Hard to believe, but Thursday marks the 10th anniversary of the professional boxing debut of Laila Ali, who was just 21 when she followed in her daddy Muhammad Ali's footsteps and whacked out a Denny's waitress named April Fowler in one round in Verona, N.Y. Guess you could call it a Grand Slam Special.
A day or so later, I was looking for a note and quote for inclusion in this column when I telephoned Joe Frazier's daughter, Jacqui Frazier-Lyde, to ask what she thought of the progeny of her father's archrival taking up the family trade. Frazier-Lyde, who played college basketball at American University and was a pretty fair athlete in her own right, considered the matter for a few moments and replied, "I could kick her butt."
Just like that, my seemingly innocent query begot the second-generation of boxing's most renowned blood feud. Frazier-Lyde began training for her own ring career and, on Feb. 6, 2000, she turned pro with a one-round stoppage of Teela Reese in Scranton.
These natural antagonists began gravitating toward one another until, on June 8, 2001, Laila and Jacqui got it on in a surprisingly competitive bout in Verona that illustrated, if nothing else, that both women had inherited their fathers' combative genes and dislike of one another. Laila won an eight-round majority decision, but "Sister Smoke" -- now a Philadelphia Municipal Court judge -- went after "She Bee Stingin' " as if it were the Thrilla in Manila II.
Several boxing writers from around the country, assigned by their newspapers to cover the celebrity daughter duke-out, grumbled before the opening bell about how I had indirectly caused them to be dispatched to central New York on a night when they'd rather have been doing something else. But, after the last punch had been thrown, even the skeptics walked away believing they'd seen something entertaining and worthwhile.
Laila (24-0, 21 KOs) and Jacqui (13-1, 9 KOs), each now retired from boxing, reportedly earned $250,000 apiece for their night's work. Their matchup gave women's boxing an unprecedented jolt of publicity, and it should be noted that female fisticuffs has been added as an Olympic sport for 2012 in London.
Maybe I've asked another question that had a more far-reaching effect, but right now I can't think of one.
THE SONS ALSO RISE
Laila Ali and Jacqui Frazier-Lyde aren't the only children of Hall of Fame fighters to fixate on reigniting a family feud.
When Marvin Hagler Jr., 33, learned that Ray Leonard Jr., 36, had appeared on one of promoter Damon Feldman's Celebrity Boxing Federation cards, it was like an ember of a lingering grudge being fanned into a raging fire. See, Marvin Jr. has spent the last 22 years steadfast in the belief that his father, undisputed middleweight champion Marvelous Marvin Hagler, was shafted in losing a majority decision to Sugar Ray Leonard on April 6, 1987, in Las Vegas.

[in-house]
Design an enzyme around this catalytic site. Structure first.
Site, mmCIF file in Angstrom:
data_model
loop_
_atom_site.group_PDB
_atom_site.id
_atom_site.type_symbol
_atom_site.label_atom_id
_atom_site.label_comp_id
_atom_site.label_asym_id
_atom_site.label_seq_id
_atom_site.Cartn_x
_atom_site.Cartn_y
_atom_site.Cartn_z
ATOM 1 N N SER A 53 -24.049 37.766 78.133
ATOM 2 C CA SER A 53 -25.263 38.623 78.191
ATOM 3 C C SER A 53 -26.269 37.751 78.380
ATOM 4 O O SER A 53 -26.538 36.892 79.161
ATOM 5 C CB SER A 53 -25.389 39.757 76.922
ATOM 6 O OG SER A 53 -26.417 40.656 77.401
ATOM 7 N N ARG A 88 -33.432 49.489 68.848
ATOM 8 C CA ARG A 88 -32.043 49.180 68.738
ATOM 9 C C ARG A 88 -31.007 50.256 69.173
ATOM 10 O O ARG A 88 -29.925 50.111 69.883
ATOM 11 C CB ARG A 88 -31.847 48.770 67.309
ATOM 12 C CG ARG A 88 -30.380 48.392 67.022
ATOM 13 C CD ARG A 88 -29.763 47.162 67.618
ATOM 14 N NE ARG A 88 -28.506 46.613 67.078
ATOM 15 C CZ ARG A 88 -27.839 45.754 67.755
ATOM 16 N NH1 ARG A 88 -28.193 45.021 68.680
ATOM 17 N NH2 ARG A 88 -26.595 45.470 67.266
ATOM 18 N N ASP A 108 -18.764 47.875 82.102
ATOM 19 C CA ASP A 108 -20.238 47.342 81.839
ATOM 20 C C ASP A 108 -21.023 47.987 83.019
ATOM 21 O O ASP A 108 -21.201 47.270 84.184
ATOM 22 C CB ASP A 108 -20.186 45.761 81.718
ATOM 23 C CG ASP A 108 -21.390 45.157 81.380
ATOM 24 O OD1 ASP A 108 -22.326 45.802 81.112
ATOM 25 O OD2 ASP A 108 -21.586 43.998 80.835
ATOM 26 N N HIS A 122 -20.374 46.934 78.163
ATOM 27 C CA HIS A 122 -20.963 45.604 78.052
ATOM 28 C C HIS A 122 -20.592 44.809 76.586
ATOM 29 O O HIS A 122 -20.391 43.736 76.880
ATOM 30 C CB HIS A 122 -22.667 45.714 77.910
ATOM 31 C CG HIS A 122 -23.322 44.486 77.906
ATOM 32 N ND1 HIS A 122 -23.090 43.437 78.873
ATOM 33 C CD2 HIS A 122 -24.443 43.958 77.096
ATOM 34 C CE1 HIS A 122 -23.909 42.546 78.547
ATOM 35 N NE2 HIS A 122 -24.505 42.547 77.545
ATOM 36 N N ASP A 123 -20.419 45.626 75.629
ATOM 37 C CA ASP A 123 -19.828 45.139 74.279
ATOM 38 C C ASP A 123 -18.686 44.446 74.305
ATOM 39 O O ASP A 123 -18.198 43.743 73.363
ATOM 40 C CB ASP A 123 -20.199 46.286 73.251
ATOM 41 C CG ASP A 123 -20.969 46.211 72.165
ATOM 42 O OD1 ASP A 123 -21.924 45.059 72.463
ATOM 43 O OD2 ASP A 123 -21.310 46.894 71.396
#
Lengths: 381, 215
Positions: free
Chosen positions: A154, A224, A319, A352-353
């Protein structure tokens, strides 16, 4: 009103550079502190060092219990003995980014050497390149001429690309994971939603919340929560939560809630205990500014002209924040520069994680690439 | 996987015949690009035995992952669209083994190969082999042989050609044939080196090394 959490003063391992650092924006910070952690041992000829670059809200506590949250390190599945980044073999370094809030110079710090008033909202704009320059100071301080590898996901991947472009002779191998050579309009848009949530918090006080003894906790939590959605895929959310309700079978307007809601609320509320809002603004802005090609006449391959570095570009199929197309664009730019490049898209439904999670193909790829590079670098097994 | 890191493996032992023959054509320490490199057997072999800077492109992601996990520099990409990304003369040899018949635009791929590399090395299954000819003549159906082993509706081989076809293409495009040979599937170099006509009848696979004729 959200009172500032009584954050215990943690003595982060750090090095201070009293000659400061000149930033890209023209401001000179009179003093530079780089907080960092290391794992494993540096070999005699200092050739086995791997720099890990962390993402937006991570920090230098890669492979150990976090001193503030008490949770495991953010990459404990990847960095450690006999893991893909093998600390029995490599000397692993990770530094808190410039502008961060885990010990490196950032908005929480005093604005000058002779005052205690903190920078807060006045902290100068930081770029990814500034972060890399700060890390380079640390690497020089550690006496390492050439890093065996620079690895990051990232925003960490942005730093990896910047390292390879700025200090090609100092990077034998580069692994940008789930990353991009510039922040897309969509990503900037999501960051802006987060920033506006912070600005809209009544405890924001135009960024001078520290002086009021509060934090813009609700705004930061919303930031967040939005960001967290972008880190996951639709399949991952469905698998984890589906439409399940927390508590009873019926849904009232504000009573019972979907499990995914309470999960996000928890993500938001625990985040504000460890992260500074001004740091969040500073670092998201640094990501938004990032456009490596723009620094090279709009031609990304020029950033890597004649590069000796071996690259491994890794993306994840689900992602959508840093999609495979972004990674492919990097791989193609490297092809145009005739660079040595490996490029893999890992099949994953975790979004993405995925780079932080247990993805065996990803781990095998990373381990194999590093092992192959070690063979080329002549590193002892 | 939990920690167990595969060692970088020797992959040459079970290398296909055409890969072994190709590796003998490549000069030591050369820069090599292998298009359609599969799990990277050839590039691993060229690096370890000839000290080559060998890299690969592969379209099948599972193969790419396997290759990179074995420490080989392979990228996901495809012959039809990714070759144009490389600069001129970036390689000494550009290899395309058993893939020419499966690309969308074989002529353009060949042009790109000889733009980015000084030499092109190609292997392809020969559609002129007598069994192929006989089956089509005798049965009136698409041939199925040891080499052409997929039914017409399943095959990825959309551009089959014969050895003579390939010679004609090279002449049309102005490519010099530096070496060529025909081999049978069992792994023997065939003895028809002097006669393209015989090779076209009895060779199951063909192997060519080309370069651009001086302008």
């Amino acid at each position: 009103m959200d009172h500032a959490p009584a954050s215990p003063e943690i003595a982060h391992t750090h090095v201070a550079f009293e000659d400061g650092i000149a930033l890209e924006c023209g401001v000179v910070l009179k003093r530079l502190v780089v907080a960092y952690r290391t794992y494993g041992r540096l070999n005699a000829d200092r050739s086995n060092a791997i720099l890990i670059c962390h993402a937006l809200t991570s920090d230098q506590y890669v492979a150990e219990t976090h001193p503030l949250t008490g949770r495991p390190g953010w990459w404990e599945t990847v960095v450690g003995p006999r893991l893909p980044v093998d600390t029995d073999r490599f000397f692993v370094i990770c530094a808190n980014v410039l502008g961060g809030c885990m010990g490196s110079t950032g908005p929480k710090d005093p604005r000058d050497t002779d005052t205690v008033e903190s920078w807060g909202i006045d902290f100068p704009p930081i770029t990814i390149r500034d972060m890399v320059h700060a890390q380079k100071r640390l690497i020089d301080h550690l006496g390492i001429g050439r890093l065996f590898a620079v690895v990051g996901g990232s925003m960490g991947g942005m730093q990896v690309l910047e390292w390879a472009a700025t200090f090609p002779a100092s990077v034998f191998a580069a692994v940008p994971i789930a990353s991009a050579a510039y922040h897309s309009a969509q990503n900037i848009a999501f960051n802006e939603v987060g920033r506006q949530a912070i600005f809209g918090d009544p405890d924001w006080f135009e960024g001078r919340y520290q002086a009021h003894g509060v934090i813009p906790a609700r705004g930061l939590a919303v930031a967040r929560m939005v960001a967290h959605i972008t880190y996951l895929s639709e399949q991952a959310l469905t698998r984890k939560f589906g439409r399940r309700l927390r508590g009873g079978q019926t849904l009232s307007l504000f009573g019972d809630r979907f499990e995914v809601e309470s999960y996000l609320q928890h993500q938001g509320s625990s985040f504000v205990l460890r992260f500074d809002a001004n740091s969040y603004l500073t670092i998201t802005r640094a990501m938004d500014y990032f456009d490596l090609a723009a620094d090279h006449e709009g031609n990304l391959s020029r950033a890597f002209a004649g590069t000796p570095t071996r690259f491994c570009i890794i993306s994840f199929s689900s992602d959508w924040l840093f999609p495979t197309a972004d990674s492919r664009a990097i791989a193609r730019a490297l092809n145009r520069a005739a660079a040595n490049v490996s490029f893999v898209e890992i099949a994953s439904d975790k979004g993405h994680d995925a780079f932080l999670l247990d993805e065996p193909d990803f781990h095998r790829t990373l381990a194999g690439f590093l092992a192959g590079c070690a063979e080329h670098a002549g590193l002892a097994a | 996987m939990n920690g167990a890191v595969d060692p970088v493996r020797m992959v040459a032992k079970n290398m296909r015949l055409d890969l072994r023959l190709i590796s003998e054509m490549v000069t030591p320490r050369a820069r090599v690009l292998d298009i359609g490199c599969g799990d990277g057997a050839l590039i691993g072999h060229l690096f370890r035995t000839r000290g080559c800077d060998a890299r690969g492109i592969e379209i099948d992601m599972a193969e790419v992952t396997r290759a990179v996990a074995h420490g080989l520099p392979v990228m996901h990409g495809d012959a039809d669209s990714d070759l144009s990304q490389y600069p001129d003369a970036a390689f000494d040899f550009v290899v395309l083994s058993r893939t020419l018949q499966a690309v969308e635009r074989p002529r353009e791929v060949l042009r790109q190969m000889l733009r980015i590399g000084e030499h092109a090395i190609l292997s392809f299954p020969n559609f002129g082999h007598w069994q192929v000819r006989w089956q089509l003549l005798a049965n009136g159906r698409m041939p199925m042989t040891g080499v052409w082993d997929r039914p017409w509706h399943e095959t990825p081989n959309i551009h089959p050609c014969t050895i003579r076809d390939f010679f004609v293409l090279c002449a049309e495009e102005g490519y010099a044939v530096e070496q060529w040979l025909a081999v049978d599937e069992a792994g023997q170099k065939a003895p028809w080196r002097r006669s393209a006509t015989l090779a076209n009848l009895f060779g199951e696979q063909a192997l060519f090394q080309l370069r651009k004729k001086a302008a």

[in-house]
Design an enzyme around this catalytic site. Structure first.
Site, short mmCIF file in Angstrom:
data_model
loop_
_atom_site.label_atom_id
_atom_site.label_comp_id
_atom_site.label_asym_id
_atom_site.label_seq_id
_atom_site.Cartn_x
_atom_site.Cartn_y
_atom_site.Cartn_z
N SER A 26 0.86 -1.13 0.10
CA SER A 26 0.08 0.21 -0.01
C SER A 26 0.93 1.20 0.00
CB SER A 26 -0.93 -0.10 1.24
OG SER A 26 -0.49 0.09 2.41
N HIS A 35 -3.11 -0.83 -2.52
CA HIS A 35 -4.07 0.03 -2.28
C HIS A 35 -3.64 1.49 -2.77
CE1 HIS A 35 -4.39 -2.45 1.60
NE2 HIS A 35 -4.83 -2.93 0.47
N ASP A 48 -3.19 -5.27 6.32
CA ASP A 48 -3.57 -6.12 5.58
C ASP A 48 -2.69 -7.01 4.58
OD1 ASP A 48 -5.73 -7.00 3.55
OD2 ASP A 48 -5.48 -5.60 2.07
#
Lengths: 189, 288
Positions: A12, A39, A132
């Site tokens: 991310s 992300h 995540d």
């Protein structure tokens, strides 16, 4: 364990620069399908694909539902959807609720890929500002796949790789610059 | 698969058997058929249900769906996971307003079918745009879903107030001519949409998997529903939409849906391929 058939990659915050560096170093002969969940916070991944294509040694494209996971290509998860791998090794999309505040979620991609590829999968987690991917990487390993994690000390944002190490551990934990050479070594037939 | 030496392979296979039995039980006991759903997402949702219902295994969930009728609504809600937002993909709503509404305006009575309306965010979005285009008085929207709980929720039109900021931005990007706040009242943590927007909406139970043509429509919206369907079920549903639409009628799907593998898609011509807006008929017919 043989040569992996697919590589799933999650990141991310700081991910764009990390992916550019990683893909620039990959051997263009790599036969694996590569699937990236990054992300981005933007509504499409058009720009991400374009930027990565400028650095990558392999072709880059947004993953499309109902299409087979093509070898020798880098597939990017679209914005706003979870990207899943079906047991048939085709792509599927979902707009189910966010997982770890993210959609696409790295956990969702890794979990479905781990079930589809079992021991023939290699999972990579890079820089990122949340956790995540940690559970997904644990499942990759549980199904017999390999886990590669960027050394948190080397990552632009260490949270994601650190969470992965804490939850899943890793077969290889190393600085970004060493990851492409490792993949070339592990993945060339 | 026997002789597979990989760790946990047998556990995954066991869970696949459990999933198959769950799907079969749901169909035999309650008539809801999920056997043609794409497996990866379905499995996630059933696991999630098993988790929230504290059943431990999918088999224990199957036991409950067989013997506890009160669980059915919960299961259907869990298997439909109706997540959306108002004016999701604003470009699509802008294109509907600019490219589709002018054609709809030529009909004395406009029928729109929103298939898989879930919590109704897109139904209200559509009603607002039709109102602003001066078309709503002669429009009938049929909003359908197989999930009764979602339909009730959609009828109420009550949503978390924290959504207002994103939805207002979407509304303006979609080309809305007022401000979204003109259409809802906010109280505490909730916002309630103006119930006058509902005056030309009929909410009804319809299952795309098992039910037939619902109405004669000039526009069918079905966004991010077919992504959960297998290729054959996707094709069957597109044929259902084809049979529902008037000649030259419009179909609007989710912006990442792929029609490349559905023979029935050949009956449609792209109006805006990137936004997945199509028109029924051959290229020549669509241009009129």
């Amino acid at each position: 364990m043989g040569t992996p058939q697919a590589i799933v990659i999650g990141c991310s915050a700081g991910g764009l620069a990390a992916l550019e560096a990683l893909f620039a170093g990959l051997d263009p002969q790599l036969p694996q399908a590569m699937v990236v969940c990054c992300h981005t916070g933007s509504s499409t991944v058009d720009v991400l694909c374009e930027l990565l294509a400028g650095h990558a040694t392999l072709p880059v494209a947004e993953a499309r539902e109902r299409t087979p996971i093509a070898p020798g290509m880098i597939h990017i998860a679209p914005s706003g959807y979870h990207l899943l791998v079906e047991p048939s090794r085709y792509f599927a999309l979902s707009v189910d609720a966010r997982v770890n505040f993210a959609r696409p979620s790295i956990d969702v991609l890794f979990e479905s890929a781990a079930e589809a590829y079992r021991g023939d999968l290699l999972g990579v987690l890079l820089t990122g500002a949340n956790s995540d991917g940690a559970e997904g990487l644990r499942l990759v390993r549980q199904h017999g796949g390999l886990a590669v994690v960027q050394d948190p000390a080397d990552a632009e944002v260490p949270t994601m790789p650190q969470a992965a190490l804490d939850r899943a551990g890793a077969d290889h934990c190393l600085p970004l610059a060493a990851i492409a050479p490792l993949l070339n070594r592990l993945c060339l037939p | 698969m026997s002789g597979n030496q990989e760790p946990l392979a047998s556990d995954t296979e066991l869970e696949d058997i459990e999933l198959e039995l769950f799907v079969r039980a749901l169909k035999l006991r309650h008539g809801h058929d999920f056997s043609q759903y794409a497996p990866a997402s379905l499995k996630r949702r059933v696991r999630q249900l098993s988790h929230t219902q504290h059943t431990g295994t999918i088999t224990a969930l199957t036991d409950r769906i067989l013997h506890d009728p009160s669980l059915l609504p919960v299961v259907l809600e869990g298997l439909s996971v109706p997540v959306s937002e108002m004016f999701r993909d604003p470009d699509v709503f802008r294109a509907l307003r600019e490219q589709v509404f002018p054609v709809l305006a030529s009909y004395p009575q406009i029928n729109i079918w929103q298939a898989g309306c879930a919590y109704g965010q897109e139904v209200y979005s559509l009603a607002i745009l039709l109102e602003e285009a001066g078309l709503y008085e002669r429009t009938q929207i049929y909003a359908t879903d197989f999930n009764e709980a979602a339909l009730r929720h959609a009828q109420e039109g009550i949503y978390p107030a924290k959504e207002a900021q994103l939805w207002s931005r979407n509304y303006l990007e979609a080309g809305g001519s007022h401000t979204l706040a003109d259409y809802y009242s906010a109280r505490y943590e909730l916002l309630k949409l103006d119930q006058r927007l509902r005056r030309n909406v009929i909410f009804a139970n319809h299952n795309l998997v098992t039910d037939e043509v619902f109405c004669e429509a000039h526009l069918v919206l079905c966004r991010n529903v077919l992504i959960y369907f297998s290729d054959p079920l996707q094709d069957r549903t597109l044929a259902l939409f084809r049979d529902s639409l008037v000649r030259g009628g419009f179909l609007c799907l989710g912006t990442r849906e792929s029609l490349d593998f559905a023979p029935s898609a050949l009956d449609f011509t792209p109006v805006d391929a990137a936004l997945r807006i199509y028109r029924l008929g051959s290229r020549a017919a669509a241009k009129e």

"I contacted Ray (Jr.) to see how he felt about this whole celebrity boxing thing," said the younger Hagler, who lives in Atlanta. "After we spoke, I knew I wanted to get involved myself.
"What I really want is for me to fight Ray. I think that's something that would create a lot of interest.
"To be honest, I wouldn't be doing this if Ray weren't doing it, too. I want to fight Ray. It's been a dream of mine, one of those wild things that you think about. Now I have an opportunity to make that dream a reality. I think this was destined to happen."
Ray Jr. made his celebrity boxing debut for Feldman on July 24, outpointing Joe Parkinson. Marvin Jr. laces up the gloves for the first time on Saturday, when he takes on Billy Link at the Marple Sports Arena in Broomall.
If all goes according to plan, Ray Jr. and Marvin Jr. will square off on Feb. 27. Feldman said he is trying to line up the legendary Thomas Hearns, who shared the ring with both of their famous fathers, as the referee.
OUT OF AFRICA
Tanzania-born, West Philly-based junior featherweight Rogers Mtagwa isn't much of a technician in the ring. He's a crude brawler with a decent punch who has been known to simply outlast more-skilled but less-determined fighters.
That said, Mtagwa (26-12-2, 18 KOs) is facing the stiffest test of his 12-year pro career when he tries to dethrone Mexico's Juan Manuel Marquez (26-0, 24 KOs), the WBO 122-pound titlist, on Oct. 10 in a pay-per-view bout at the WaMu Theater at Madison Square Garden.
Mtagwa is being paid more than three times his previous high purse for the likely privilege of being tuned up by Lopez, who can box and slug with equal aplomb. But, hey, all it takes is one well-placed shot for the longest of long shots to hit the lottery.
ENNIS THE MENACE
Greg Robinson's Power Productions is staging a 10th anniversary show on Oct. 16 at the Blue Horizon with North Philadelphia's Derek "Pooh" Ennis (18-2-1, 12 KOs) taking on Eromosele Albert (22-3-1, 10 KOs), from Miami by way of his native Nigeria, for the vacant USBA junior middleweight championship in the 12-round main event.
The second annual Briscoe Awards Ceremony is Oct. 12 at the Veteran Boxers Association Ring One hall at 2733 East Clearfield Street in Port Richmond. Bernard Hopkins will receive a statue, in the likeness of Philly middleweight legend Bennie Briscoe, as 2008's Philadelphia Fighter of the Year, as will super middleweights Gee Culmer and Jameel Wilson for having participated in that year's local Fight of the Year, an eight-round, majority decision won by Cullmer.